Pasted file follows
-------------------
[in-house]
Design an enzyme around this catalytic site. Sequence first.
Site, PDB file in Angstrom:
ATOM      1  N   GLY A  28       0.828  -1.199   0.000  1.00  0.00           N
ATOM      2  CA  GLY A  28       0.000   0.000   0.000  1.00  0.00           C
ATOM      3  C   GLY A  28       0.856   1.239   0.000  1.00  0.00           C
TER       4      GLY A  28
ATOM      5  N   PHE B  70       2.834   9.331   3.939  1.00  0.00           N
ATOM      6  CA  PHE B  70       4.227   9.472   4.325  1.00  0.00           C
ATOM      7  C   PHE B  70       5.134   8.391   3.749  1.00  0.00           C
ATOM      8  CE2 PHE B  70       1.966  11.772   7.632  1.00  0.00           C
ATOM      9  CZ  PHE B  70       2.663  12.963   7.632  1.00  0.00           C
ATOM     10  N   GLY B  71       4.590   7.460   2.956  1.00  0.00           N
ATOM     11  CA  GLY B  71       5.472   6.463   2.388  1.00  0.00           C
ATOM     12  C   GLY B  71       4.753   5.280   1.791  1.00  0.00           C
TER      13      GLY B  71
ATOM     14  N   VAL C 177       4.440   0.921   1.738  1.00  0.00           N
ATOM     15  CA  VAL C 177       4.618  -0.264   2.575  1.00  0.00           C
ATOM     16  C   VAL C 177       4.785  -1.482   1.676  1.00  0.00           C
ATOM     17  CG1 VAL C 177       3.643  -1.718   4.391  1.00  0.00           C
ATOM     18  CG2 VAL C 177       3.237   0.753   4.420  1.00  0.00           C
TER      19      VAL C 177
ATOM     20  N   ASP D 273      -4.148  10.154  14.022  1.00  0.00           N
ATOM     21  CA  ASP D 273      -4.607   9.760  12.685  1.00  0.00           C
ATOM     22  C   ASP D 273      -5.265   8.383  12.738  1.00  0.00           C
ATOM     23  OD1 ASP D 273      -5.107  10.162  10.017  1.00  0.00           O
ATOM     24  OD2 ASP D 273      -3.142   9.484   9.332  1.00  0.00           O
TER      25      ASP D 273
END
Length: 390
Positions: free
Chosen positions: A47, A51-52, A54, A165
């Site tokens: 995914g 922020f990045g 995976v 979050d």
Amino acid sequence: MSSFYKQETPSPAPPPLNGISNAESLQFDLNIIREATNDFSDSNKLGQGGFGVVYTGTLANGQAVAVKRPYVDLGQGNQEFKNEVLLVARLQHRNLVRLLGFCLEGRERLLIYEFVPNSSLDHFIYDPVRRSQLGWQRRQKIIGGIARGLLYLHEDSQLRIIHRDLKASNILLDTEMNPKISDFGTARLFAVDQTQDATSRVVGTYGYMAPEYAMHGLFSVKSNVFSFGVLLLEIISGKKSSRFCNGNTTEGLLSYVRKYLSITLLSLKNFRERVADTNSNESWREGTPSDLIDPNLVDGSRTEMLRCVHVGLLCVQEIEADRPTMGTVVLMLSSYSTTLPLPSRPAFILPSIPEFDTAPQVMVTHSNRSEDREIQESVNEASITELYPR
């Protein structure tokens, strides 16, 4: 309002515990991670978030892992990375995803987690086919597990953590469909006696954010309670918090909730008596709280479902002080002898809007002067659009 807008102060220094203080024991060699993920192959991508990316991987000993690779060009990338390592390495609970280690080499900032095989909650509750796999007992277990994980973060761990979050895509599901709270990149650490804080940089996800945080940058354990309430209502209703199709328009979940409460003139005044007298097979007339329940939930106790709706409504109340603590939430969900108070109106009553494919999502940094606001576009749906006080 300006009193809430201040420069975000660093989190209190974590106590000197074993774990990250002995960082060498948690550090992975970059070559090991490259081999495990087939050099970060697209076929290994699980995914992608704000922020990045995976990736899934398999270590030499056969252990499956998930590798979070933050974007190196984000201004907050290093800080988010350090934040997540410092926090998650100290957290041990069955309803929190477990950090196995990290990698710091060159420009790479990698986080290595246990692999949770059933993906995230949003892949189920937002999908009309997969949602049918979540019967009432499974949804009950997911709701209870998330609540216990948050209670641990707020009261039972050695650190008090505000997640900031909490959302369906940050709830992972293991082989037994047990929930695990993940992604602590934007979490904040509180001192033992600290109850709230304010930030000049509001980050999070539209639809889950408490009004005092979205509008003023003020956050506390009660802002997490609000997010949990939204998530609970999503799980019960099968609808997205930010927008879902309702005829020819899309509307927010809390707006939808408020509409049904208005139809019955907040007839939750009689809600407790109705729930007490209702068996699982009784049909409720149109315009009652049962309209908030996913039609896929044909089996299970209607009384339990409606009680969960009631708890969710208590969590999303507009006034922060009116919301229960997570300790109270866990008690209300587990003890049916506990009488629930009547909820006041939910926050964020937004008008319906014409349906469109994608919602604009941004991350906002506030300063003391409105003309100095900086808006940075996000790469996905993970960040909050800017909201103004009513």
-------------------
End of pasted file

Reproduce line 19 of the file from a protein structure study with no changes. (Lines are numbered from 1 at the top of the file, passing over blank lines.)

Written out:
ATOM     16  C   VAL C 177       4.785  -1.482   1.676  1.00  0.00           C